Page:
Like Albert Camus in his novella The Fall, Sándor Márai, a great contemporary Hungarian writer, also uses “First Person” perspective in his novel Portraits of a Marriage.
It is divided in three parts, for each of the three characters, where each’s intimate past in connection with the other two is unveiled.
Ilona, a divorcee, Peter her ex husband and Judit the reason for whom the marriage between the two eventually comes to an end.
The book is written in a powerful and engaging language that makes a reader feel involved as an intruding listener of a private conversation that the character has with a companion or a confidant. Each has a distinct perspective of his/her past and the conflicting background of his/her relationships with the other two.
The book opens with Ilonka talking to a friend; “Look, see that man? Wait! Turn your head away, look at me, keep talking. I wouldn’t like it if he glanced this way and spotted me….Can I tell you who he is? I can tell you, darling, it’s no secret. That man was my husband.”
In the second part of the novel we hear Peter talking to an old friend. “See the pair just leaving, there by the revolving doors? That woman there. The blond one in the round hat? No, the tall one in the mink, yes...They were sitting at that table in the corner earlier….That woman was my wife… We’ve been divorced for three years”
Judit, the third character and probably the most interesting, talks to her lover about her relation with Peter and Peter’s family since she worked as a maid in their home starting when she was 15 years old.
Their different social and economic backgrounds are brilliantly exposed in these monologues and seems to be even more relevant than the romantic aspects of their relationships.
Ilonka explains what the differences are between her and Peter before they got married describing the problems of a middle class woman marrying a richer husband… “Everything was just a little different in their home compared with ours. We lived in a rented apartment; they in a rented villa. We had a balcony with geraniums; they had a little garden with two flower beds and an old walnut tree. We had an ordinary icebox that we filled with ice in summer while my mother-in-law had a small electric refrigerator”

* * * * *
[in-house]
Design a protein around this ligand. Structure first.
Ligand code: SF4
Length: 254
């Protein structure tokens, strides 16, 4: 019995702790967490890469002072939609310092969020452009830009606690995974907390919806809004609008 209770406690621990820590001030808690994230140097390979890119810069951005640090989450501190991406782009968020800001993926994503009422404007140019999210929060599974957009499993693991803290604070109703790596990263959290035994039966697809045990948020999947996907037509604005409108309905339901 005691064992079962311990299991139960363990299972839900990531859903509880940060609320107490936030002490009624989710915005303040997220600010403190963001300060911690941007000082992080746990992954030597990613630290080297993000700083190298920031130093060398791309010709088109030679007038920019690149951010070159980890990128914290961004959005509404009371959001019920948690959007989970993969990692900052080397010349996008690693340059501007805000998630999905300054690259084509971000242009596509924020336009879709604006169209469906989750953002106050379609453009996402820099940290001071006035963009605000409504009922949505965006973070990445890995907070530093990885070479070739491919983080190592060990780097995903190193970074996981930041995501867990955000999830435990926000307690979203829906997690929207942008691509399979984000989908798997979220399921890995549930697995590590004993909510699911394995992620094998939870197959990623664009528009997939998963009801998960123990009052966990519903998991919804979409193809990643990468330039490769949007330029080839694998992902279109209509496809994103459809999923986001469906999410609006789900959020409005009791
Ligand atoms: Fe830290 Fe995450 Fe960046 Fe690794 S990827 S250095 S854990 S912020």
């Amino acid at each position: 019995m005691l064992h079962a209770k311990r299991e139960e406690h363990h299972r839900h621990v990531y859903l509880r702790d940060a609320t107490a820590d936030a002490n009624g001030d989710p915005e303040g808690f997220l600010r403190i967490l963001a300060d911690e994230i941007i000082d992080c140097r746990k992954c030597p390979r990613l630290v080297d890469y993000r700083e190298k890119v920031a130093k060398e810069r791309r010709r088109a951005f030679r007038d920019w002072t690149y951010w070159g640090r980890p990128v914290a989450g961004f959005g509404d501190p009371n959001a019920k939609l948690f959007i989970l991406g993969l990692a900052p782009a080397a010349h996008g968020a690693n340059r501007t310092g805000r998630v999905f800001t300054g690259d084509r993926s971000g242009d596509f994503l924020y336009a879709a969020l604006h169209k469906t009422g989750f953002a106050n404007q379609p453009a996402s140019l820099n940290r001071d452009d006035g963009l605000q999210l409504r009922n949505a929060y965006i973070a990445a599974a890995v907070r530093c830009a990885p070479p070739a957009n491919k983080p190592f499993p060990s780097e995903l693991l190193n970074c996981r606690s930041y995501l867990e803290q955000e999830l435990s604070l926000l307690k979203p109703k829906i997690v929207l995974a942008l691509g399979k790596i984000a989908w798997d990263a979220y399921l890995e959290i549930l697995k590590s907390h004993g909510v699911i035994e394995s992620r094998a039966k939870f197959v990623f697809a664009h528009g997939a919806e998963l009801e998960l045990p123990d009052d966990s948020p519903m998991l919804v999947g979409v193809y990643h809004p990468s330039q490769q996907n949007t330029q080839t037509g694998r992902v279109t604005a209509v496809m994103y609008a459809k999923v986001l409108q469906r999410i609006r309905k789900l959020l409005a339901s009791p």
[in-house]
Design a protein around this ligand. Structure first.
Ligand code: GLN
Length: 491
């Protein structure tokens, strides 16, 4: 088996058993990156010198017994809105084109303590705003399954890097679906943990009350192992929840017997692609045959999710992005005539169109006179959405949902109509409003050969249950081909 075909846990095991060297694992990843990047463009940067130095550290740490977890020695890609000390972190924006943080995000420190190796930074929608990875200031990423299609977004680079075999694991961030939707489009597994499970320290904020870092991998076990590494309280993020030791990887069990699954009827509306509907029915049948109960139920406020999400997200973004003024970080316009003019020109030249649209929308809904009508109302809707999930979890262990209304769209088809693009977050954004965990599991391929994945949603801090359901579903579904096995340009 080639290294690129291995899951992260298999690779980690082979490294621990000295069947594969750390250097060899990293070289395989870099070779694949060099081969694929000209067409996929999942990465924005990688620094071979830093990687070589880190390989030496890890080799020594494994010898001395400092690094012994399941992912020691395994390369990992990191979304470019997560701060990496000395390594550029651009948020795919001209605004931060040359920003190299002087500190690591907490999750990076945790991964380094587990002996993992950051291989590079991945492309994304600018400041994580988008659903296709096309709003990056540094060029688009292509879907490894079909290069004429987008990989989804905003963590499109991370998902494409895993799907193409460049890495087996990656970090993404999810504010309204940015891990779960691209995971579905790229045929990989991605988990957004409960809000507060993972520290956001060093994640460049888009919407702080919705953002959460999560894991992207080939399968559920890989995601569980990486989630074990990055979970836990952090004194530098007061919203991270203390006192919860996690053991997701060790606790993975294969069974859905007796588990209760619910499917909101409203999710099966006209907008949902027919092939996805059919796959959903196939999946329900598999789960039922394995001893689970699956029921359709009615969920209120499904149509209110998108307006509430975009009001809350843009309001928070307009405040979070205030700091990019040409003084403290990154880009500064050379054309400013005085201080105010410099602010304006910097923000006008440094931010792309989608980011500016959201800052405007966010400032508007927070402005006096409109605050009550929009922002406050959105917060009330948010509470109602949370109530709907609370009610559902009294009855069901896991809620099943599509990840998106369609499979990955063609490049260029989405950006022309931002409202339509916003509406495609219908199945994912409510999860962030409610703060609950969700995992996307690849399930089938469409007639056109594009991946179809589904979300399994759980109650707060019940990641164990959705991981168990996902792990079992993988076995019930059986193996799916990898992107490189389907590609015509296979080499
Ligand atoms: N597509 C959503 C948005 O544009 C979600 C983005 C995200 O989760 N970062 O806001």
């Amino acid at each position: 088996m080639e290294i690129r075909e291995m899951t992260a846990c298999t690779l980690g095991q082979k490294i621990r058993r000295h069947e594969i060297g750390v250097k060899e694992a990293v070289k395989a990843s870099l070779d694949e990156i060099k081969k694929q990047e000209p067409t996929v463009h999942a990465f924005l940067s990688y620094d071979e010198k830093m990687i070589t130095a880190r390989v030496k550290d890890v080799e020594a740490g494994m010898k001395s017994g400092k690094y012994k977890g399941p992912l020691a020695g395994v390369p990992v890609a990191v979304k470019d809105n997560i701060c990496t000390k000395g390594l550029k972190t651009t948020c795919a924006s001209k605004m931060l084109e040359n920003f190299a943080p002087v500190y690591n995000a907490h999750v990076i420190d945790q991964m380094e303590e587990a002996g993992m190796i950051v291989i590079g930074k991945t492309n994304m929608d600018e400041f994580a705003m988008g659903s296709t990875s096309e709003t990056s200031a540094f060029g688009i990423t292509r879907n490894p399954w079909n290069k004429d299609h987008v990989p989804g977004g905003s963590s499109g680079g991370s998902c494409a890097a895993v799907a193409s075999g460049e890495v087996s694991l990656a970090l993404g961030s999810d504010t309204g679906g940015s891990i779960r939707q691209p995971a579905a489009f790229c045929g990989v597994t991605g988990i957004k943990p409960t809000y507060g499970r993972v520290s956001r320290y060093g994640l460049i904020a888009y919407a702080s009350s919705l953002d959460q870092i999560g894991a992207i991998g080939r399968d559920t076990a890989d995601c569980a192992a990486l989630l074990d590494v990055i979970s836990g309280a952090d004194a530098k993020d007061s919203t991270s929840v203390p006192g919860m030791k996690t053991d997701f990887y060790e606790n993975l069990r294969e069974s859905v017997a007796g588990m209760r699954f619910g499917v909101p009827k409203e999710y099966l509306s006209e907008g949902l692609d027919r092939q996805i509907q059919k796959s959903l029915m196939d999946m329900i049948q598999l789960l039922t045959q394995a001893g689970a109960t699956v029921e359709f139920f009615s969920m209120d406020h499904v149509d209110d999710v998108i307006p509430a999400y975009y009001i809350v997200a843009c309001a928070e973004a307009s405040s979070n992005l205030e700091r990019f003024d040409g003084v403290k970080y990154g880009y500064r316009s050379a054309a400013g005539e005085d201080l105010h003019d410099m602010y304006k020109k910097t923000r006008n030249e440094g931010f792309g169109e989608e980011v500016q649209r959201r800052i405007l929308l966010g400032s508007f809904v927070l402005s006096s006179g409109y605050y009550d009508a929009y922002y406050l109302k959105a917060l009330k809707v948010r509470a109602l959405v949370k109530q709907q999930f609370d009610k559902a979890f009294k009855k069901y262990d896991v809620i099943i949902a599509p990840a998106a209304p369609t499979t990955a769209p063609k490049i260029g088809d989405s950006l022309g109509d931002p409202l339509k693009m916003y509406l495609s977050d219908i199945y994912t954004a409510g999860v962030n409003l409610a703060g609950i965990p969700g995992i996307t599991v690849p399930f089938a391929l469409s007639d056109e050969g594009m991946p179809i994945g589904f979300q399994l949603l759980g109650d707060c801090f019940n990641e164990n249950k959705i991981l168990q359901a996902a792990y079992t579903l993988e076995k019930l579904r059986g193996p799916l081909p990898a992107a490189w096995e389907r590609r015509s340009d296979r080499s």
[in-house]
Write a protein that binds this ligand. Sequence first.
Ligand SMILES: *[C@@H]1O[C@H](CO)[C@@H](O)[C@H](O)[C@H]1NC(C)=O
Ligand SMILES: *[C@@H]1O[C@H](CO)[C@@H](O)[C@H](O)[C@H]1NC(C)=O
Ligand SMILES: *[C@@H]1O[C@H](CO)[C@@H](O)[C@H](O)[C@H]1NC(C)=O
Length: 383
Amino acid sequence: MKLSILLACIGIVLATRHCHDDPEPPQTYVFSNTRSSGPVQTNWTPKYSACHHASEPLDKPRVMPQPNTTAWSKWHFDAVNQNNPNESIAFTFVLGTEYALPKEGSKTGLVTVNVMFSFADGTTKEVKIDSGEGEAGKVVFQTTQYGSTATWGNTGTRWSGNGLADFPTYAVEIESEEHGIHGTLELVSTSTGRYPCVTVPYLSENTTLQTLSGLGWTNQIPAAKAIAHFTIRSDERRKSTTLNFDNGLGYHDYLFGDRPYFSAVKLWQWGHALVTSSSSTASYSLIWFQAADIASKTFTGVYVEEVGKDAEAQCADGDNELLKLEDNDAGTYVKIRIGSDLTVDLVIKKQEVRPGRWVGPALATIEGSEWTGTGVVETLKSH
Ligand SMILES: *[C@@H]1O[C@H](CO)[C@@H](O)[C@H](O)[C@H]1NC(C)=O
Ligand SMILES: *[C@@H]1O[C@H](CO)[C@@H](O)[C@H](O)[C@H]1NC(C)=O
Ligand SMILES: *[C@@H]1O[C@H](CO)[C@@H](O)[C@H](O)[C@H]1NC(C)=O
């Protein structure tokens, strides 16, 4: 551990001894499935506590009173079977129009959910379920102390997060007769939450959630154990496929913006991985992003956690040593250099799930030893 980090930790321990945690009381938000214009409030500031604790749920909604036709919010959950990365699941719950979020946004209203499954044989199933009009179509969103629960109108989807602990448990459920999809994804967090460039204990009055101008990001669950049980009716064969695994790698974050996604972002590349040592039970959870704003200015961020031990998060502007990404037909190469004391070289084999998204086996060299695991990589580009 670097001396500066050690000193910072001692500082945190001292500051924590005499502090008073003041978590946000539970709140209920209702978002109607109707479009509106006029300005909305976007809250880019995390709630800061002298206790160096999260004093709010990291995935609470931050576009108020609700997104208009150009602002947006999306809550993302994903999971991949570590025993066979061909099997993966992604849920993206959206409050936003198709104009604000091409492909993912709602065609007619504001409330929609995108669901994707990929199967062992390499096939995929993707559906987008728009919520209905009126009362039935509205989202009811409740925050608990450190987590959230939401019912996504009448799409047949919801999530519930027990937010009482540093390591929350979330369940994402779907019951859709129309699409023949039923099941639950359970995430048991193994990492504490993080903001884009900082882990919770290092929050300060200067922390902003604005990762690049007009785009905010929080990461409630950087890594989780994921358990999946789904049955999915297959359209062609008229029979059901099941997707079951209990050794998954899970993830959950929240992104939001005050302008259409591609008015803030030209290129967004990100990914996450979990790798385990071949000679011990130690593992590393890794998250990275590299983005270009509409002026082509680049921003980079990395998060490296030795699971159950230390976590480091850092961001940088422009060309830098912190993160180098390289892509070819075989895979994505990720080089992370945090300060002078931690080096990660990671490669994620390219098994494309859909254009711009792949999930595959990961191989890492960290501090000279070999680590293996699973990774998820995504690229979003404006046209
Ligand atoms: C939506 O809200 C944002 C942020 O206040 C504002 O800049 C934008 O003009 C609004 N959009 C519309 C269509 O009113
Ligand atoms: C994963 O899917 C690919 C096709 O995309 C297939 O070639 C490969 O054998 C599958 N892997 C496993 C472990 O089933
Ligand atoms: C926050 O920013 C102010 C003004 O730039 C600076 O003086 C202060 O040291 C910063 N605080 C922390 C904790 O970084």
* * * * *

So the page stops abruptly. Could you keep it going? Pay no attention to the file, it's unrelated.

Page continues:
On these same issue Peter tells his friend that he belongs to the middle class but “I was rich” he confesses and .. my wife’s family was relatively poor. Not that being middle-class is a matter of money.”
By stark contrast, Judit who, as peasant, deals with extreme poverty as a child becoming a servant and eventually marries Peter, crossing the class structure. As she proudly describes her family’s background she said; “My father harvested melons …. We were so poor we had to dig a shelter in the ditch and live there through winter, together with the field mice. But whenever I think of my father, you know, I picture him as a gentleman ”
Portraits of a Marriage, as all Sándor Márai’s books, is filled with details of its characters’ feelings out of their vivid conversations. Márai is excelled at portraying time and place; emotions and situations. In this as in all his work, a profound understanding of the human conditions is revealed. This note with the quotes from the novel intends to serve as an “appetizer” to offer a taste of a complex and enjoyable story-telling.
Sándor Marai was born in Hungary in 1900 and emigrated to the US in 1948 to avoid Communism. Clearly he did not want to lose his freedom and individuality. He committed suicide in 1989. What led him to finish his own life is unknown and there are many interpretations. For example, Johanna Granville, a scholar from Wilson Center, reviewing Marai’s Memoir of Hungary, 1944-48, think s that it was “a combination of the trauma of Soviet occupation and the identity crisis of a writer torn between East and West..”
Like many of his admirers, I am strongly convinced that he truly deserved the Nobel Prize for Literature taking into account the high quality of his works.
1. Sándor Márai, Portraits of a Marriage translated from the Hungarian by George Szirtes.” Alfred A. Knopf, 2011 iBooks.
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